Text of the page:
Rancho San Justo Middle School in Hollister put on its first Day of the Dead event Nov. 3, with roughly 70 people attending. In a joint effort between teachers Luiz Espinoza and Rosa Sanchez, the event included student produced alters, sugar skulls, cultural food, and workshops put on by students creating paper flowers and skeletons. Sanchez and Espinoza, explained students have been learning about the pre-Columbian tradition of Day of the Dead” and created related projects in class.
Lisa Jelinek, principal of Rancho San Justo explained that with Spanish being reintroduced into the curriculum this year, it was the perfect time to have the event. Jelinek said, “It’s awesome because it gives kids a chance to bring their culture and their heart. It lets us support it (their culture)”.
Susan Diaz, one of Espinoza’s students, said that celebrating Day of the Dead was important to, “remember our loved ones”. Diaz created a joint alter to celebrate the life of her former dog Chingo-blingo with her classmate Ailani Navarro whose great grandma and uncle were also represented. Navarro felt that creating an altar to honor the life of the dead represented outwardly that, “we celebrate them and still care about them”.
When walking through the event color and life could be found as the students were able to describe who was represented in their altars and what objects they had included. Parents in attendance were seen taking photographs and videos as students posed next to their finished works or were inside the classrooms participating in other Day of the Dead activities. Students work of painted sugar skulls could be see on display. Espinosa shared that 60 pounds of sugar was purchased to create the skulls that students decorated.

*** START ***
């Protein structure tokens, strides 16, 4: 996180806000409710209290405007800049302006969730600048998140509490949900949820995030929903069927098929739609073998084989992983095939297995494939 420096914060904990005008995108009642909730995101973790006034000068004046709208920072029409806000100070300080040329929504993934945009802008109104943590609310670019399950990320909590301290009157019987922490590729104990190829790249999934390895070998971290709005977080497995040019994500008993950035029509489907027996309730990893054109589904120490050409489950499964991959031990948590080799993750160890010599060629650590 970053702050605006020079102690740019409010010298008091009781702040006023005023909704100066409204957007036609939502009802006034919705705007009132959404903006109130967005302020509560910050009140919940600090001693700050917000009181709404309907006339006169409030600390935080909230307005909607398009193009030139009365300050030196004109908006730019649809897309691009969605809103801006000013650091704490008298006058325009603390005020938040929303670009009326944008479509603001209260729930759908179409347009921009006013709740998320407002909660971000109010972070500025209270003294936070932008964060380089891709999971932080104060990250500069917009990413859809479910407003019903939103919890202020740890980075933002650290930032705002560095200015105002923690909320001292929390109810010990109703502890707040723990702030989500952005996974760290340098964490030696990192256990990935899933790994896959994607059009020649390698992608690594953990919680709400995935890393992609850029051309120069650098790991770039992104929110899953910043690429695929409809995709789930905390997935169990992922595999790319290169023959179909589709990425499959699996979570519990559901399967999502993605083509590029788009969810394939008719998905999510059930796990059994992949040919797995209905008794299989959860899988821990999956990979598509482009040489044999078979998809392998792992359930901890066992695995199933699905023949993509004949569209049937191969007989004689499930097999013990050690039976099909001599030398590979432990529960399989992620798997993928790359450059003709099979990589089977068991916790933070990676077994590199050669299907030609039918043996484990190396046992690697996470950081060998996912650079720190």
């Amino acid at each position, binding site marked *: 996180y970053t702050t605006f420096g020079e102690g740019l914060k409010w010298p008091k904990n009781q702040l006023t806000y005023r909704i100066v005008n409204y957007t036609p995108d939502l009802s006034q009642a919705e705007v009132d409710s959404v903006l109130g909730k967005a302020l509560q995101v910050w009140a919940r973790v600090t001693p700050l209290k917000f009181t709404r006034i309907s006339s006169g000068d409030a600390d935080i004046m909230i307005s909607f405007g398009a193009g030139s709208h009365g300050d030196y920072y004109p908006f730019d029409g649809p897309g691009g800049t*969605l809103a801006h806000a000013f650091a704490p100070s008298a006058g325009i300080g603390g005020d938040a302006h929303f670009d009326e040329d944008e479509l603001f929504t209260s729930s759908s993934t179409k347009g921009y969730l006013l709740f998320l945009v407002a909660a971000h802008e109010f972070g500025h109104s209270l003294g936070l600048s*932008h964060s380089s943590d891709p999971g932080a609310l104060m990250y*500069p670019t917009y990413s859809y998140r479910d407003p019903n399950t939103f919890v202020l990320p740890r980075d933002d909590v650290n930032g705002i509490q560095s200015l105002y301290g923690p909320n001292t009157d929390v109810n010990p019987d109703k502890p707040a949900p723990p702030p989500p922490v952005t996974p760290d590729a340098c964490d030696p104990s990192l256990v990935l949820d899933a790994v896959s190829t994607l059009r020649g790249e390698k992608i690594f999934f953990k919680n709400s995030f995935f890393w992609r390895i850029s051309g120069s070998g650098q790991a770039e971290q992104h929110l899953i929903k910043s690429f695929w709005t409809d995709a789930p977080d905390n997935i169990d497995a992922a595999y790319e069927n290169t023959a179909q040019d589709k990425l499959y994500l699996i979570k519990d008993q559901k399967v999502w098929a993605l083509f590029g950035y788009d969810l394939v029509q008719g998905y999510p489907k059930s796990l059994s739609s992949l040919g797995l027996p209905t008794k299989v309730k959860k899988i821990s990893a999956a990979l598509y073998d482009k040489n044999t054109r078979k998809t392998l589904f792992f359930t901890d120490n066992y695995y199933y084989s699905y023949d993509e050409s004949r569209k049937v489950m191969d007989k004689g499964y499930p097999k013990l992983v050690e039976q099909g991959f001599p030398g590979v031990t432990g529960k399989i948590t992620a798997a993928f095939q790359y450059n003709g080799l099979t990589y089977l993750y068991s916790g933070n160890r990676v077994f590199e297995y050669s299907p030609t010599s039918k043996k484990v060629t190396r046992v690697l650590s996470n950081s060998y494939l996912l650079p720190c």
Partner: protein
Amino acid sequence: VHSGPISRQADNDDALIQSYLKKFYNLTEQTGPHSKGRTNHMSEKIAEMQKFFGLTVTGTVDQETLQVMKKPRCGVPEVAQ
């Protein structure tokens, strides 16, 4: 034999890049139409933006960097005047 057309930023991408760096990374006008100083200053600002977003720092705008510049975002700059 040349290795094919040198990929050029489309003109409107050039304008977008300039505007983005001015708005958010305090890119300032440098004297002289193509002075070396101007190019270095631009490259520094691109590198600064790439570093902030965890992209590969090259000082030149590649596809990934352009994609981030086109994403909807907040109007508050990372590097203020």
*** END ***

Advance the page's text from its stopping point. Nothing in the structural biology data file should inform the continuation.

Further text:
The evening also included a shared meal between students, their families, and the staff at the event. As found on the letter home to parents, “As a tradition, food is a very important element of the Day of the Dead. We are asking you to participate in our celebration by contributing your family’s favorite dish, be it a traditional Latino dish or other”.
With Spanish being reintroduced as an elective option this year, and the positive feedback from both students and families, there are hopes to keep this event going for years following. “We want this to be an annual event,” Jelinek stated. This sentiment was shared by Sanchez and Espinoza who hope to include more students in next year’s event.
There was also a Day of the Dead celebration in the cafeteria of San Benito High School in Hollister Saturday, Nov. 4, and R.O. Hardin Elementary School hosted on Friday, Nov. 3.